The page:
“Don’t Say It Ain’t So,”

“You know the time is now.” – John Fogerty


Put me in coach!  That’s a “ready” stance right there.

The time is now!  It’s spring again, and early April brings us to the end of one thing (college basketball) and the beginning of something else (baseball).  I love baseball.  Basketball has always been my first love, but baseball hasn’t been too far behind.  The boys of summer.  The personalities.  The history.  The statistics.  The ballpark hot dogs!

I’ve heard all the comments from the non-fans… boring, too slow, the game is too long, the season is too long, there is too much spitting, too much “adjusting” their… well you know.  I don’t care.  Baseball is not for everyone.

I still remember the sweltering July and August afternoons of my youth in Seminole, Oklahoma.  With baseball glove on one hand and a tennis ball in the other, I would walk across the street to Northwood Elementary School where a large tan brick wall became my opponent many afternoons.

Standing on the scorching blacktop, I would hurl the tennis ball at the mammoth wall with all the might in my skinny white body, and the wall would reciprocate with a tricky bouncer back to me.  I only had to throw the ball a couple of times against the wall before I would work up a good sweat underneath the Oklahoma sun.  I worked on my ground ball fielding.  I worked on catching pop-flys.  I was probably going to be the next Rod Carew or Mike Schmidt.

“Put me in coach, I’m ready to play today.  Look at me, I can be centerfield.”

I was never in centerfield (unless by accident).  I was mostly a first baseman in my younger years.  That’s where you stick the kid that can field, and catch a ball, but is too slow to track down much in the outfield.  People always assumed I was fast and would make a good outfielder because I was thin, tall, and took long strides like a giraffe.  But, I ran more like a slow sheep.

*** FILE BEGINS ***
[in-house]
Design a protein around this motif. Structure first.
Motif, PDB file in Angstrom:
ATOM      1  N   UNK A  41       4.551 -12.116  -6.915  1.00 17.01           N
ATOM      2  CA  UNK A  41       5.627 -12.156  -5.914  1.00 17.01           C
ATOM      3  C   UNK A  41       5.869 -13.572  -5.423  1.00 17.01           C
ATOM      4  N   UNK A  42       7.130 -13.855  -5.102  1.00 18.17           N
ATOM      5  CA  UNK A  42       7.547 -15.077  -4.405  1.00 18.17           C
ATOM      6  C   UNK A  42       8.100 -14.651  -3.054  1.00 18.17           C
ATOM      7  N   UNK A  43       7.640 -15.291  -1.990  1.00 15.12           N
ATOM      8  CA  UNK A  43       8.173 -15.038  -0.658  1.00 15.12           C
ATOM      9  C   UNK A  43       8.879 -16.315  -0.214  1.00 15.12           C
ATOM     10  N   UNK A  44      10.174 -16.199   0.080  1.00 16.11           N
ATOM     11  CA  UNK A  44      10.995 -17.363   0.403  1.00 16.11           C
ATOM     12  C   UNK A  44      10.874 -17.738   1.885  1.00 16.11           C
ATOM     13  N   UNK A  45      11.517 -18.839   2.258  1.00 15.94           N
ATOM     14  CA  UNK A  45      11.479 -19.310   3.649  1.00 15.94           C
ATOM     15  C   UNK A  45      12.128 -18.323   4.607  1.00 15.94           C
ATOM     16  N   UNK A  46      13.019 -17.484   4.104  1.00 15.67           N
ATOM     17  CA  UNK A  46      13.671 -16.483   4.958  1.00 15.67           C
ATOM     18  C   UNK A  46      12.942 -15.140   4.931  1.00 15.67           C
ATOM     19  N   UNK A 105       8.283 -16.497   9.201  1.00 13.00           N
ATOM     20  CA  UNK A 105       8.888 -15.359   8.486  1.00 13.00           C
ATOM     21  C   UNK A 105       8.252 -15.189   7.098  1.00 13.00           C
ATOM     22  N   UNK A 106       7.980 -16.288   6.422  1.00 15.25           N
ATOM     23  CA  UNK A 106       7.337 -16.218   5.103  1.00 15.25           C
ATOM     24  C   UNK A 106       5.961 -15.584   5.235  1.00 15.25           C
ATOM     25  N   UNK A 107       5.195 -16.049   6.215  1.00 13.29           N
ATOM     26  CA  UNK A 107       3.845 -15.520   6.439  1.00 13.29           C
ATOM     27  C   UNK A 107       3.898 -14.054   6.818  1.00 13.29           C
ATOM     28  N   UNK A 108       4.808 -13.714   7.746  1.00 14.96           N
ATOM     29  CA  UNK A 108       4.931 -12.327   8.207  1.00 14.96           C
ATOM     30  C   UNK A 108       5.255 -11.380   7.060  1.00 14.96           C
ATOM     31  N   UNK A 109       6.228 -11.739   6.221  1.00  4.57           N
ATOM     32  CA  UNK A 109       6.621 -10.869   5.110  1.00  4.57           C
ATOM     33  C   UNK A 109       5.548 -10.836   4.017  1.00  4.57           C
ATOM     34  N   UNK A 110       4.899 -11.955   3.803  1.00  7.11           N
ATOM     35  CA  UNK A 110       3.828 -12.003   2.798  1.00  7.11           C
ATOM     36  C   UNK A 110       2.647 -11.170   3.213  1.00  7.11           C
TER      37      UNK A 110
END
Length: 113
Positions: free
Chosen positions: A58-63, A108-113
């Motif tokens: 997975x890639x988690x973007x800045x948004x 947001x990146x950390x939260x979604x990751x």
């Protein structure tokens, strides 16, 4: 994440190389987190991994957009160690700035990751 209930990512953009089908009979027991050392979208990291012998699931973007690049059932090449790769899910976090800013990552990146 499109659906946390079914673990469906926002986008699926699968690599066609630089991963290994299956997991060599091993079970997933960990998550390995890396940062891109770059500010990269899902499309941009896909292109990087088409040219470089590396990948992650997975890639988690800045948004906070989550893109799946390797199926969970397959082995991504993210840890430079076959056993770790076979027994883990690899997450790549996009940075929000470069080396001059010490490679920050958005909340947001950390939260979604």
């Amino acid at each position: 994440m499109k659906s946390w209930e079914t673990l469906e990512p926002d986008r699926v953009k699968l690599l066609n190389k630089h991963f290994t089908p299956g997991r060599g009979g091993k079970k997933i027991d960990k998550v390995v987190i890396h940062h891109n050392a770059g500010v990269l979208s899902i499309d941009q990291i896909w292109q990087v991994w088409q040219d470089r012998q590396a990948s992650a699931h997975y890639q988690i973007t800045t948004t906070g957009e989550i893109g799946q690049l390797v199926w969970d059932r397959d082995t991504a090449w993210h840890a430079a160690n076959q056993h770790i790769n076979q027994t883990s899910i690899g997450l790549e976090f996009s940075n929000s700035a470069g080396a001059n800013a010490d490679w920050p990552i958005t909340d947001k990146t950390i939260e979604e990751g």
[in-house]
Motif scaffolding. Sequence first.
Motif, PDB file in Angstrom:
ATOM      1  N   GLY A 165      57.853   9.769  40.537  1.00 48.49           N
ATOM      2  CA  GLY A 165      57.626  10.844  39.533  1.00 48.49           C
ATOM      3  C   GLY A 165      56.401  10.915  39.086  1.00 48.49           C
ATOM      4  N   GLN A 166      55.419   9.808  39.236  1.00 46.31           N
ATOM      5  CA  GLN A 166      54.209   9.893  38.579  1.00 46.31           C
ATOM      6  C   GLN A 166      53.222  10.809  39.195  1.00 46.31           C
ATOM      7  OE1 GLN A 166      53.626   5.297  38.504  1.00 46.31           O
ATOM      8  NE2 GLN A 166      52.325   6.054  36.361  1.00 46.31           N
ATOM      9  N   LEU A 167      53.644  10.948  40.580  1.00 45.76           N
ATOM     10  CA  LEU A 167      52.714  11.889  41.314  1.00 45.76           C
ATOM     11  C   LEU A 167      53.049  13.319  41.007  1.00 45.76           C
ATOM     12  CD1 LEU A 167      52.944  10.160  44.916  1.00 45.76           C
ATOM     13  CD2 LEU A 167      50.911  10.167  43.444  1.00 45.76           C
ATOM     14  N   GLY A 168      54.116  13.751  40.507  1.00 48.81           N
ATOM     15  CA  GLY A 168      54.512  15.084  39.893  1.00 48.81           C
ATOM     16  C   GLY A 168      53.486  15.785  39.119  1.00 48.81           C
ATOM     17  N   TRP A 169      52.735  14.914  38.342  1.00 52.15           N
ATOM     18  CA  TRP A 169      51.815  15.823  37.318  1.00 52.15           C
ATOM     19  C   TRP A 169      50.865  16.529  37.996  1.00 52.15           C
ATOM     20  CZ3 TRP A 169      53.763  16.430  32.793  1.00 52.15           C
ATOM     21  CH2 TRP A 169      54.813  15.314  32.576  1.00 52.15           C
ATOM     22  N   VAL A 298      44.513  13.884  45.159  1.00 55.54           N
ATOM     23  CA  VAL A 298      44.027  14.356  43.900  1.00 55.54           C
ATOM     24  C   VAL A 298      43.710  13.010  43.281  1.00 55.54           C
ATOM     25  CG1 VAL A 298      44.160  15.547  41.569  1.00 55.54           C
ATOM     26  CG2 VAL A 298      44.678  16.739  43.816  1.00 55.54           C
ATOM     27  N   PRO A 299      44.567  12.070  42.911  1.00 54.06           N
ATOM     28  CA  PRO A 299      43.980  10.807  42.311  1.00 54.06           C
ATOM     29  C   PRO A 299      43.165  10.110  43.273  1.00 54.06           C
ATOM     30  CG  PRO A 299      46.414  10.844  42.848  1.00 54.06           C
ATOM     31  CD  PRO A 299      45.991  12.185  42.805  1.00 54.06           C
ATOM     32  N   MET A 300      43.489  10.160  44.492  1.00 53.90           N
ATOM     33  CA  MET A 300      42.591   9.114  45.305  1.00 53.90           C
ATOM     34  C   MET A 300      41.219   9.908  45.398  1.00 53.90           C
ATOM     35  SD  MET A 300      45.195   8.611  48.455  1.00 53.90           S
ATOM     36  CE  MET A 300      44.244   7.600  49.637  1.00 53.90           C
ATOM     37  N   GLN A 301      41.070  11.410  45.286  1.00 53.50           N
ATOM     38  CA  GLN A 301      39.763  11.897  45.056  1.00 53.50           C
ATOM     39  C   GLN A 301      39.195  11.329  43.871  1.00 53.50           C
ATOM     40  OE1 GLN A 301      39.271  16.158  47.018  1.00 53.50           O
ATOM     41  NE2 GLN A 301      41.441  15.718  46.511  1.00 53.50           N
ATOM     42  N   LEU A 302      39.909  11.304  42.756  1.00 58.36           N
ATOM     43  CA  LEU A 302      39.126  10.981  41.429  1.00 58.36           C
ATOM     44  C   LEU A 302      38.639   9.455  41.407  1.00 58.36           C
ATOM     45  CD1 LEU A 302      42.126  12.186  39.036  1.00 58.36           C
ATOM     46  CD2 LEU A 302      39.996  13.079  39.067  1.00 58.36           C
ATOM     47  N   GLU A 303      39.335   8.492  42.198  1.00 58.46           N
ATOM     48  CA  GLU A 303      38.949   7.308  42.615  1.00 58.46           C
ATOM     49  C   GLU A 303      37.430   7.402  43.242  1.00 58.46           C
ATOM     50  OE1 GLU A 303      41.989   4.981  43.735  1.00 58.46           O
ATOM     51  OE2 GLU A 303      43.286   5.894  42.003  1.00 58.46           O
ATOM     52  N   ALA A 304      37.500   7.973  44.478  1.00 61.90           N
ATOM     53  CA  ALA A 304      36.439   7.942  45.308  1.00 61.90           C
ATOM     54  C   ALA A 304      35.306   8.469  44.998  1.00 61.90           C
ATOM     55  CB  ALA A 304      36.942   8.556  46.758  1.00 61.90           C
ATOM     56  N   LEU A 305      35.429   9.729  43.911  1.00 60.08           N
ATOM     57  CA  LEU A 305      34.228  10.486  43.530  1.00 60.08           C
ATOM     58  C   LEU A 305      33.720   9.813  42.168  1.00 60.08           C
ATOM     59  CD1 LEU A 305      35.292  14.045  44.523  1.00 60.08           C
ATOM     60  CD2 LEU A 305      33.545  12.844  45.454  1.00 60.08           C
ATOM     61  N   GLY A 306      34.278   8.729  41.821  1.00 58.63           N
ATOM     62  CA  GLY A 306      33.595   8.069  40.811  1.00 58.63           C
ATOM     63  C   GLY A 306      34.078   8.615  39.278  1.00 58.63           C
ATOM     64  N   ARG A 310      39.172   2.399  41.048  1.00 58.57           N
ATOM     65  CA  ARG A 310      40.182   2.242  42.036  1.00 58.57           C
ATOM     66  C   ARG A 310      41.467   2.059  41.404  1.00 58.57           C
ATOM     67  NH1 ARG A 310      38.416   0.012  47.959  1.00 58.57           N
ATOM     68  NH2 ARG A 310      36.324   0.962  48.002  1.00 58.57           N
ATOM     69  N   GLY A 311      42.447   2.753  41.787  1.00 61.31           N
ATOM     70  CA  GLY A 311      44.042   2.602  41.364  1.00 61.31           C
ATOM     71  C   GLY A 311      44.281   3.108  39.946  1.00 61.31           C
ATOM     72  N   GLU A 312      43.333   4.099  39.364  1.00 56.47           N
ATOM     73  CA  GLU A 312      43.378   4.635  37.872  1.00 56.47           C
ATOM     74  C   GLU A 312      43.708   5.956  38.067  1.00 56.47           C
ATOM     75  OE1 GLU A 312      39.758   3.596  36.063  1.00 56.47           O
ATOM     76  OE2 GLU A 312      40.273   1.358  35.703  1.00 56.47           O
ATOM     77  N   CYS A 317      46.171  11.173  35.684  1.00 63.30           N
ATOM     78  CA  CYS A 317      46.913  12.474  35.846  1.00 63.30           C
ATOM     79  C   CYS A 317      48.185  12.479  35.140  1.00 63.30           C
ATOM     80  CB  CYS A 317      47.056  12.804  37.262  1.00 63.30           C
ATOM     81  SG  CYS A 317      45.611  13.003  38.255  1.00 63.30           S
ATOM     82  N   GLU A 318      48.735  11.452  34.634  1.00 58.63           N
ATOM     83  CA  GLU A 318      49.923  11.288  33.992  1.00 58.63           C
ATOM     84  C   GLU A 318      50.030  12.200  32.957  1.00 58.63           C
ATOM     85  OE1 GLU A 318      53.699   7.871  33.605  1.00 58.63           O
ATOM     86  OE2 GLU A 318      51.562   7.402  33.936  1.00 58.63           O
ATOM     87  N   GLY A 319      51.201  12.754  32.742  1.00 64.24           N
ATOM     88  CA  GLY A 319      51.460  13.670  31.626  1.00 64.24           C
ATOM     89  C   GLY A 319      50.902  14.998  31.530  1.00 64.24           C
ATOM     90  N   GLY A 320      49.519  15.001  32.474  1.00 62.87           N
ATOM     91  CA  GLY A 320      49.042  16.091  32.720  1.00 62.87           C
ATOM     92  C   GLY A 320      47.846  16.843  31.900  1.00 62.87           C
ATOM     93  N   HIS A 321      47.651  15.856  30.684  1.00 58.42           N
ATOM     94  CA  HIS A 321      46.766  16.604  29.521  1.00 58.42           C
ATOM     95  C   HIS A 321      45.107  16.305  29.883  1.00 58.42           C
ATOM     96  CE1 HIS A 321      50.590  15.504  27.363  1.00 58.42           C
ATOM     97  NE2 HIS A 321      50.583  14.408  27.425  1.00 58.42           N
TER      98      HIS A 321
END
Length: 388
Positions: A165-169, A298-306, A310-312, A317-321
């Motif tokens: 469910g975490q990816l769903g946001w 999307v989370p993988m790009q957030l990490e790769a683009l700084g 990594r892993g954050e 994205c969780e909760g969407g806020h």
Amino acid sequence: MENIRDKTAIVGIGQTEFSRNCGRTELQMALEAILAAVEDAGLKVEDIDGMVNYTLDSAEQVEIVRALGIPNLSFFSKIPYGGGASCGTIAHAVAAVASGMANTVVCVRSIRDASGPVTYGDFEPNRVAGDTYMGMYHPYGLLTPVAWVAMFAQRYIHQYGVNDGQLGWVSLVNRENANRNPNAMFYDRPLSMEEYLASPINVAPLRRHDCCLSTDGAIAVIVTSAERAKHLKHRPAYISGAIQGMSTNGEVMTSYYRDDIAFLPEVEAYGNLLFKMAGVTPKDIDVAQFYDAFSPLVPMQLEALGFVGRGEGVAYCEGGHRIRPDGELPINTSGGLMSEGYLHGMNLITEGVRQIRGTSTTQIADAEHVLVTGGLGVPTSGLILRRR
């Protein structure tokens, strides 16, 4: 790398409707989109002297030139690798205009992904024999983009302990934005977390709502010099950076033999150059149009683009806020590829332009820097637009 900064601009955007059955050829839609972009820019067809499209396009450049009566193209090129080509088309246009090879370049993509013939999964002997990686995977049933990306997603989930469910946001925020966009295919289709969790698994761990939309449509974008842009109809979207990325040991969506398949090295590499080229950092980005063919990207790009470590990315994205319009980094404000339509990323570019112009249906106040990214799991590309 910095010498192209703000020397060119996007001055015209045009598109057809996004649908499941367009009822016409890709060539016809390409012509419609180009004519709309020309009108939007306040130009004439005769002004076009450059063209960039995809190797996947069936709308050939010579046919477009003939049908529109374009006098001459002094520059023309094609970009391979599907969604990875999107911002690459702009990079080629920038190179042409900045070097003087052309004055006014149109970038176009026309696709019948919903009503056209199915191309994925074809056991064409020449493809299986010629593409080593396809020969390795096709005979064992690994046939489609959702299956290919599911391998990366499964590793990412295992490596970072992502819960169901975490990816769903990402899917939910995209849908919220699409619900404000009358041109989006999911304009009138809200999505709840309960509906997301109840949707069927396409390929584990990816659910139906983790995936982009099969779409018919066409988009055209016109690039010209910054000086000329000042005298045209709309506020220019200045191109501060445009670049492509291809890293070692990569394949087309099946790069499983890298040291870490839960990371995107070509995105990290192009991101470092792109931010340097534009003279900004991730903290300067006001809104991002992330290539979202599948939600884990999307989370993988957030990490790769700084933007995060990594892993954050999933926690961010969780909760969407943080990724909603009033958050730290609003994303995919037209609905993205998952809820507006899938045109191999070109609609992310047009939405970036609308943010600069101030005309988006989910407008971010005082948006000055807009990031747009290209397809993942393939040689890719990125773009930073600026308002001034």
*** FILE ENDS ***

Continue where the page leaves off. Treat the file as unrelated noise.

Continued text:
This is by no means the “finals” of the 100 yard dash at Northwood Elementary.  Just one of the many heats that day, and that’s me in 5th out of 6 runners.  I think the kid in last probably fell out of the blocks to start the race.  Not sure if I actually held on to finish 5th or not.

I was a pretty good baseball player in elementary school though even making an all-star team one summer.  My baseball career came careening to an end though in 8th grade.  My worsening vision (I totally missed a fly ball hit to me in right field one game when I couldn’t even see the ball), and the fact that I couldn’t hit a fastball or a curveball or lay down a bunt expedited the end of my career as well.  Baseball teams don’t have much need for a kid who can’t hit, run, or field.

But that didn’t end my love for baseball.  To this day I’m a fantasy baseball nerd.  Yes, I play a pretend game with a bunch of other “grown-ups” and live and die each night depending upon how “my players” perform that day.  A friend of mine, who is also a banker in this area, is commissioner of this league and we correspond regularly over the highs and lows of managing a fake baseball team.  I’ve actually been commissioner of a fantasy football league for 21 years, but truth be told I like fantasy baseball more.


My fantasy baseball team – paying homage to the movie “Field of Dreams” along with those delicious little flavored bears.

My wife and daughter graciously put up with my baseball watching and agree to attend a baseball game anytime we’re in a major league city if the timing permits.  It’s become tradition to attend the game and purchase a baseball hat for each of us of that particular home team.  My goal is to visit every major league stadium at least once in this lifetime.  I have a long ways to go, but am already planning my first trip to Coors Field in Denver this summer while I’m in Boulder for banking school.  (Side note:  as a long time Cubs fan though I will never, ever buy a St. Louis Cardinals hat!)

The boys of summer are coming and I can’t wait to see the home runs, the pitching duels, the hit and runs, and the fights and the managers getting tossed by umpires.  Here’s to them, and here’s to you John Fogerty and your 1985 classic.

“Just to hit the ball, and touch ’em all.  A moment in the sun.  It’s a-gone and you can tell that one good-bye.”


Though it only peaked at #44 on the Billboard Hot 100, the song was honored by the Baseball Hall of Fame and is one of my favorite John Fogerty songs ever.  Talking about Ted Cobb and “Say Hey” Willie and Joe Dimaggio, here is the former CCR frontman, Mr. John Fogerty and the video to “Centerfield.”

Thanks for reading and I hope you catch a baseball game or two this summer.


the 80’s

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